Program 27.6    The rendering of the value of the HTML mirror expression.


27.5.  Mirroring of HTML (4)
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In this section we show how CSS attributes - Cascading Style Sheet attributes - are handled in the HTML mirror functions.

CSS attributes and HTML attributes are uniformly specified

CSS attributes are prefixed with css:

(em 'css:background-color "yellow" "Functional Programming in Scheme")
Program 27.7    An HTML mirror form in which we highlight a CSS attribute.

The main point to notice is the uniform notation used for both HTML attributes and CSS attributes. The notation is somehow in conflict with the notation used for name spaces in XML.

The rendering of the expression in Program 27.7 is shown in Program 27.8.

<em style="background-color: yellow;">Functional Programming in Scheme</em>
Program 27.8    The rendering of the value of the HTML mirror expression.

HTML attributes are validated in LAML, but CSS attributes are not.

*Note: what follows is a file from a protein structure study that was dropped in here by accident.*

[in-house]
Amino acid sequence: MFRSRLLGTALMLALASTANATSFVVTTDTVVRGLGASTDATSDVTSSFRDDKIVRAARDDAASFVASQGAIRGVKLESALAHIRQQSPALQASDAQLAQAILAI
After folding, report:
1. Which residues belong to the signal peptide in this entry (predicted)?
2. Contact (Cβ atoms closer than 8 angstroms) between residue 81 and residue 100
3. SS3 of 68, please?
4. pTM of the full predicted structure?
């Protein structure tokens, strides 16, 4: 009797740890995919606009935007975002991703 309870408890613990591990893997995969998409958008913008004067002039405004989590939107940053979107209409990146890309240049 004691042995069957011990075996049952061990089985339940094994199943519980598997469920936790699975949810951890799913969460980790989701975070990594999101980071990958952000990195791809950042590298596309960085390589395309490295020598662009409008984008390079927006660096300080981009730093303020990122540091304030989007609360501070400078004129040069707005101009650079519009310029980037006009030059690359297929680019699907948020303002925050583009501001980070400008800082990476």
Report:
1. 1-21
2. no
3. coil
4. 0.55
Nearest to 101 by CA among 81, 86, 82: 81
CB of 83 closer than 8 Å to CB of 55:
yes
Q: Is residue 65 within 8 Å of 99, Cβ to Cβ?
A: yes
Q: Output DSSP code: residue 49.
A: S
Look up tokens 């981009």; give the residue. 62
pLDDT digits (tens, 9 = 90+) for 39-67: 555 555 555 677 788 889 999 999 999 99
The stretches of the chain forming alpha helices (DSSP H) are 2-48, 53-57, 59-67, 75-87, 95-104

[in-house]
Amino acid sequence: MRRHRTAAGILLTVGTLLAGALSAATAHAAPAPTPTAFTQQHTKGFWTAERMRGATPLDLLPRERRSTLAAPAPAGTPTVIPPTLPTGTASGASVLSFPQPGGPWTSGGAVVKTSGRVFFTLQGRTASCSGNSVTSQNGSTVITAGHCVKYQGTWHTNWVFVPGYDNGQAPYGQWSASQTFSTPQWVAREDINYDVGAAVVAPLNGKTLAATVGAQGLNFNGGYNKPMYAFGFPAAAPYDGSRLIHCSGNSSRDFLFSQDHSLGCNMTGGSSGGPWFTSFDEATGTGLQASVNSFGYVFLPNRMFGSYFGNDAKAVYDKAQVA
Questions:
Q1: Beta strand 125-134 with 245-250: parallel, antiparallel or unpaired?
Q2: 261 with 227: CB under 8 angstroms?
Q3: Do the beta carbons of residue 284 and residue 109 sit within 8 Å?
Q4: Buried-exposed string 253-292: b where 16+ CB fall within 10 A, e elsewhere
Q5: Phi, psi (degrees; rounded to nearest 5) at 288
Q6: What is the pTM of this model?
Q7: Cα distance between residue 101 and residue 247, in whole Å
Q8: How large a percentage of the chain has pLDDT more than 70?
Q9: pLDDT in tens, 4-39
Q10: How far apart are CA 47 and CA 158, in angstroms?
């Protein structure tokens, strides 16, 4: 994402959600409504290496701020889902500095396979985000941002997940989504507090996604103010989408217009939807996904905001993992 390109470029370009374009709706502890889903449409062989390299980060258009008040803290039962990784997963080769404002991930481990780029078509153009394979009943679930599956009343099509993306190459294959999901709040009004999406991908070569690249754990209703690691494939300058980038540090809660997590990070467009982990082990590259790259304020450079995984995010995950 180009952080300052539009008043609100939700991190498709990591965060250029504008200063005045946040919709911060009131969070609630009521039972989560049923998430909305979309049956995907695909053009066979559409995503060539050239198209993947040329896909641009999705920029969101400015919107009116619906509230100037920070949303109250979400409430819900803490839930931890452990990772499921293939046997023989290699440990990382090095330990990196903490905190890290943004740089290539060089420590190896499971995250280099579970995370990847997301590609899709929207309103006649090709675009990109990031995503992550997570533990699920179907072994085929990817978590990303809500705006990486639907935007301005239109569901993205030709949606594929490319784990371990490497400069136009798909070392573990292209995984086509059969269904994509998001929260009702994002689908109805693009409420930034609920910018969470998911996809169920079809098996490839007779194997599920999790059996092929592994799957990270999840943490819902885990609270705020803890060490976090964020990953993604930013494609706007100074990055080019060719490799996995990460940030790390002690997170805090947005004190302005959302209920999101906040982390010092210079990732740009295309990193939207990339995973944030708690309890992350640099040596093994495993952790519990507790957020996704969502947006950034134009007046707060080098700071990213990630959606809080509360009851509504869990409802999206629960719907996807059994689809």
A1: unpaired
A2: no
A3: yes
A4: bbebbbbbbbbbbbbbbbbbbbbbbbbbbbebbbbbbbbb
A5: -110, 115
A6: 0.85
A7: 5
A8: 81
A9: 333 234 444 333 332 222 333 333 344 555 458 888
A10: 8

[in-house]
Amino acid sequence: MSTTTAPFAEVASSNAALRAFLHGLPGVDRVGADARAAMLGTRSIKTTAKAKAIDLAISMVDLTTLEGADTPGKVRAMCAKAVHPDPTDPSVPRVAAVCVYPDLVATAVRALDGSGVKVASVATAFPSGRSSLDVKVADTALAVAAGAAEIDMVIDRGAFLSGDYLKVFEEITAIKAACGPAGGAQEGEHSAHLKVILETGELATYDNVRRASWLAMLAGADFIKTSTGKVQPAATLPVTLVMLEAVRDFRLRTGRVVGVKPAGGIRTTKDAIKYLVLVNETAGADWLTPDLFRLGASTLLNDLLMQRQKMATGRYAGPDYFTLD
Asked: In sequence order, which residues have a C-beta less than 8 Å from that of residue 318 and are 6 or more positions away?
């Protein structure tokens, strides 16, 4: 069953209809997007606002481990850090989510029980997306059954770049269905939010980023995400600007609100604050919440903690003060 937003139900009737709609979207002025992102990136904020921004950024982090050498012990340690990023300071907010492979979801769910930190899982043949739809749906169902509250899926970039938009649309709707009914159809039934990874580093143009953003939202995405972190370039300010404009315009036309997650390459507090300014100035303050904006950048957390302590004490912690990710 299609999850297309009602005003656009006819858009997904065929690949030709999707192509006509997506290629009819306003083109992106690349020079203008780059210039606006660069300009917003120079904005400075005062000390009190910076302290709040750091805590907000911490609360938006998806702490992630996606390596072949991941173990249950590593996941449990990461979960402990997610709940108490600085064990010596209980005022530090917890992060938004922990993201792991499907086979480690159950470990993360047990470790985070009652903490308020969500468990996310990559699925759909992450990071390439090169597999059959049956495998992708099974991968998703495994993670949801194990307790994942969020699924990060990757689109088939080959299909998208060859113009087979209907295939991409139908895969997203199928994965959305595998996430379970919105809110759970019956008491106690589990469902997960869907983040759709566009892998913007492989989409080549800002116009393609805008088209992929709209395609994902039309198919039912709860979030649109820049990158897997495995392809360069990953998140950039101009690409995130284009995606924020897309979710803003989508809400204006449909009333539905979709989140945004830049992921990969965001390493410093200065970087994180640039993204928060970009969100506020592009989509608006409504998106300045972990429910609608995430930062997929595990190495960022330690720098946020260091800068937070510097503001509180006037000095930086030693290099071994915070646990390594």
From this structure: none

27.6.  Summary of Mirror Rules
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The parameter passing rules of the HTML mirror functions are summarized below. Notice that the exact same rules apply for XML mirror functions in the so-called XML-in-LAML framework.

The HTML mirror conventions of LAML can be summarized in six rules

  • Rule 1
    An attribute name is a symbol in Scheme, which must be followed by an expression of type string, which plays the role as the attribute's value.

  • Rule 2
    Parameters which do not follow a symbol are content elements (strings or instances of elements).

  • Rule 3
    All content elements are implicitly separated by white space.

  • Rule 4
    A distinguished data object (the boolean value false) which we conveniently bind to a variable named _ suppresses white space at the location where the value appears.

  • Rule 5
    Every place an attribute or a content element is accepted we also accept a list, the elements of which are processed recursively and unfolded into the result.

  • Rule 6
    An attribute with the name css: a refers to the a attribute in CSS.

In the next chapter we will discuss a number of practical aspects of the LAML system.


27.7.  References
[Xml10]World Wide Web Consortium, "Extensible Markup Language (XML) 1.0", February 1998.